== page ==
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It begins with a solitary figure on the stage. Rafiki is opening the show with the signature cry from the Circle of Life. There’s a response from the audience. It’s a man costumed as an animal. This back and forth goes on for a moment, and all of a sudden the theatre is swarming with various depictions of wildlife up and down the aisles. Giraffes take the stage, elephants roam the floors, and the theater is transformed into a menagerie of wildlife unlike anything I’ve ever seen in live theater. This is the Lion King, and it’s spectacular.
When the Lion King was released as an animated feature back in 1994, I never dreamed that it would be possible to successfully translate the film to the stage. This was an epic Shakespearean tale (literally inspired by Hamlet) taking place in Africa featuring talking wildlife as its characters. How could this possibly be performed on stage as anything less than cheesy?
Director Julie Taymor came up with the brilliant idea of having the human element visible on stage. Using elaborate costuming and puppetry, the audience always sees the performer along with the character. This allows the actors to provide a genuine performance, and not simply hide behind a costume. Most of the lions are simply portrayed by masks sitting atop the actor’s heads that occasionally lower in front of their faces. Other characters such as Timon and Zazu are depicted through full-on puppetry, but with the performer front and center acting out the role in sync with the puppet.
This element of human and animal hybridization creates a unique experience in which the audience is simultaneously invested in the theatricality of the performances along with the technical artistry of the characters. The story is almost identical to that of the film, with a few added musical numbers, and some slight tweaks here and there. Everything you remember from the film is included to jaw-dropping effect. Even the wildebeest stampede is thrillingly depicted through a clever layering of the set, creating a depth of scene that makes the chase feel dangerously real.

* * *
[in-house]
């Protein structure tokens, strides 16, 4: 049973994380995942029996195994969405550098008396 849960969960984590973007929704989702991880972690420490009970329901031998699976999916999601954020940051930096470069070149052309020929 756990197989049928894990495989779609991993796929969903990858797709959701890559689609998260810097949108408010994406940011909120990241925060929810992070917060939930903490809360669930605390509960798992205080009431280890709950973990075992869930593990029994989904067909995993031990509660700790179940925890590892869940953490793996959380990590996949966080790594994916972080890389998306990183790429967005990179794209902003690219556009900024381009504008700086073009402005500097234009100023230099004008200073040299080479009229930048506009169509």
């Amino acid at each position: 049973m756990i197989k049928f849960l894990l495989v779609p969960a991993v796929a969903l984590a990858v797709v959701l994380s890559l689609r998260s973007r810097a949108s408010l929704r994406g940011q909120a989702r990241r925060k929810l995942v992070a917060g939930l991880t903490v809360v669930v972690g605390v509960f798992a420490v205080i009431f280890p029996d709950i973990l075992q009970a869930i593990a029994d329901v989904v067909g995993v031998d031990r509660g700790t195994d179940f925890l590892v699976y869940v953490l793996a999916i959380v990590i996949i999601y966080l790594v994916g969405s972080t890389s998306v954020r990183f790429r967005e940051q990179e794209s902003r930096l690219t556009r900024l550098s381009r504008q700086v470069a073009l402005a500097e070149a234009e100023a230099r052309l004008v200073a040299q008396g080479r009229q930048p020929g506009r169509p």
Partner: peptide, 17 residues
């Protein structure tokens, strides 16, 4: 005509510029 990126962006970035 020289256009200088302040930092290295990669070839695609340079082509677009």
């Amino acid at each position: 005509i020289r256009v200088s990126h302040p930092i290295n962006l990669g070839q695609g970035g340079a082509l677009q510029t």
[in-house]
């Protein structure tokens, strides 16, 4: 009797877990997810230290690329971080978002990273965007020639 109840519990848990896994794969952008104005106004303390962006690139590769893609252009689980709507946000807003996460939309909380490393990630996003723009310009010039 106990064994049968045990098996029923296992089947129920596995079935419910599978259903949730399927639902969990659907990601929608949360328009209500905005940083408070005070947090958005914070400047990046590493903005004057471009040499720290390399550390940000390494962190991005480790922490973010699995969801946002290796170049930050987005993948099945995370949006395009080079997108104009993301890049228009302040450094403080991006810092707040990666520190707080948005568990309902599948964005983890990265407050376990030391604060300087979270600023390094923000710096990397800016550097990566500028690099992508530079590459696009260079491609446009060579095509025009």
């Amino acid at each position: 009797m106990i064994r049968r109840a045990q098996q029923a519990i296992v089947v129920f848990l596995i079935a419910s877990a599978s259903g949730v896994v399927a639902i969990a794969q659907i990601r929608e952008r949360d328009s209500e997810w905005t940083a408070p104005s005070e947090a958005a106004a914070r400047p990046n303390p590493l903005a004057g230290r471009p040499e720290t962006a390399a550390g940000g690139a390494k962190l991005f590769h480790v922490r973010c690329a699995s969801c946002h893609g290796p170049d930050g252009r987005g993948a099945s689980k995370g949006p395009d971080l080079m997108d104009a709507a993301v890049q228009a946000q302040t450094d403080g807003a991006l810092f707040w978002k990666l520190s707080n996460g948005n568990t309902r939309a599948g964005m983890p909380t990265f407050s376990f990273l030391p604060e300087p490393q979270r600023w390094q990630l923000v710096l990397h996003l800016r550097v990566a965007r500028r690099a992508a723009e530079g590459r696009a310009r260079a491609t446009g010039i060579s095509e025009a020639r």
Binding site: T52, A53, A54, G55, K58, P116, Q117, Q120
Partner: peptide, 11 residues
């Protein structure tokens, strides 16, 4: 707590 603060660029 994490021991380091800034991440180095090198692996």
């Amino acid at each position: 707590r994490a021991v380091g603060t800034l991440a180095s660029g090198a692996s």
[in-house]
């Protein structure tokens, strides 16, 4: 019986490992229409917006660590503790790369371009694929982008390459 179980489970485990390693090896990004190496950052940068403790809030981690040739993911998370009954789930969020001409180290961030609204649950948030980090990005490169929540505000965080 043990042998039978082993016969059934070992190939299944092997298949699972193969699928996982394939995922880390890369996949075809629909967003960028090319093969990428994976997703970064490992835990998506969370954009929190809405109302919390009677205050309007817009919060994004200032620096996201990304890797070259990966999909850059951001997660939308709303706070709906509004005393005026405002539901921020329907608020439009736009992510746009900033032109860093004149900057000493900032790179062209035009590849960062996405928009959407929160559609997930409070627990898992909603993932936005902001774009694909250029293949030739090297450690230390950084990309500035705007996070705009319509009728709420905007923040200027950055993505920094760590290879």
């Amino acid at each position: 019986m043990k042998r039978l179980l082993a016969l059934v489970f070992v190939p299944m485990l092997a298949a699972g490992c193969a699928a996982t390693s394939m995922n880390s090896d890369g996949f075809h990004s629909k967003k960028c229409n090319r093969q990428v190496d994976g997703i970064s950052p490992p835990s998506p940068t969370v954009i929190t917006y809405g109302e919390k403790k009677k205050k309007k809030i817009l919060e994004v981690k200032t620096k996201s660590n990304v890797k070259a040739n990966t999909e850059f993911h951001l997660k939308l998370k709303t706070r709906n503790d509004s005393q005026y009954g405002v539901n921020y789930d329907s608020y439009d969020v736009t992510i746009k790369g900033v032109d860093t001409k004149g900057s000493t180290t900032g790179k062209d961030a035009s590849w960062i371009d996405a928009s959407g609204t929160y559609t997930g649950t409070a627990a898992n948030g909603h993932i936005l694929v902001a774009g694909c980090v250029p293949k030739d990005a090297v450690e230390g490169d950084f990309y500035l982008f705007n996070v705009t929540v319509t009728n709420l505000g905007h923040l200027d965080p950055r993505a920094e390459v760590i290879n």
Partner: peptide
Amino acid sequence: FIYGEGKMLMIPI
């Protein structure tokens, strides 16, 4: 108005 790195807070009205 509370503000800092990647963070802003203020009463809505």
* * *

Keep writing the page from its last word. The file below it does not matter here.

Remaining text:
It doesn’t matter how familiar you are with the original film. You will be drawn into this world and find yourself emotionally invested with these characters once again. There is a reason this story is so popular after 16 years. This is an epic battle between good and evil, with the treacherous Scar as one of the great villains of all time. Even having seen the film as much as I have, I still got chills as Scar declared “long live the king” to Mufasa before the pivotal moment of betrayal.
And even though I was familiar with all of these moments from the film, the play is not simple recreation. As mentioned above, there are new musical numbers and setpieces designed specifically for the stage. One of the best additions is Shadowland, a powerful new number performed by Nala as she ruminates on the disastrous state they find themselves after Scar has taken over as king. The song is taken from a musical cue in the original film, and elaborated into a beautiful number that perfectly depicts the emotion of the scene.
There is only one sequence in the entire production that I didn’t feel was necessary. The musical number Chow Down, performed by the hyenas in the elephant graveyard, felt a little bit silly and out of place. I loved the hyenas themselves, both in terms of performances and costuming, and I loved the set for the graveyard, with its geysers of smoke erupting all over the stage, but I could have done without the musical number. It’s not a bad song, but it’s not up to par with the other additions.
One element I wasn’t expecting was the use of dance through the story. There are many types of dance employed throughout the film, often beautiful, sometimes humorous, but always entertaining. During Timon’s rendition of Can You Feel the Love Tonight, there is even aerial dance. It’s a gorgeous sequence, with the performers gracefully manipulating themselves through the air, perfectly encapsulating the emotion of the scene.
Speaking of Timon, Tyler Murree does an amazing job in his depiction of the wisecracking character. He perfectly captures the essence of the character without ever descending into impersonation. Tony Freeman also accomplishes this feat in his depiction of Zazu. I was amazed at how quickly I forgot the animated versions of these characters and was able to completely accept these portrayals.
Currently, the Lion King is the eighth longest-running show on Broadway. It is currently in its 13th year, and has been performed for over 50 million people. Now is your chance to see this phenomenal production. The Lion King will be playing at the Orange County Performing Arts Center now through Sunday, June 13. I’d heard a lot of hype going in, and my expectations were astronomically high. Those expectations were met, and exceeded. And judging by the extreme reaction of the audience, I’d say everyone in the theater agreed with me. The Lion King is an exceptionally unique experience, and one that must be seen to be believed.
Tickets available online at OCPAC.org, or by phone at (714) 556-2787.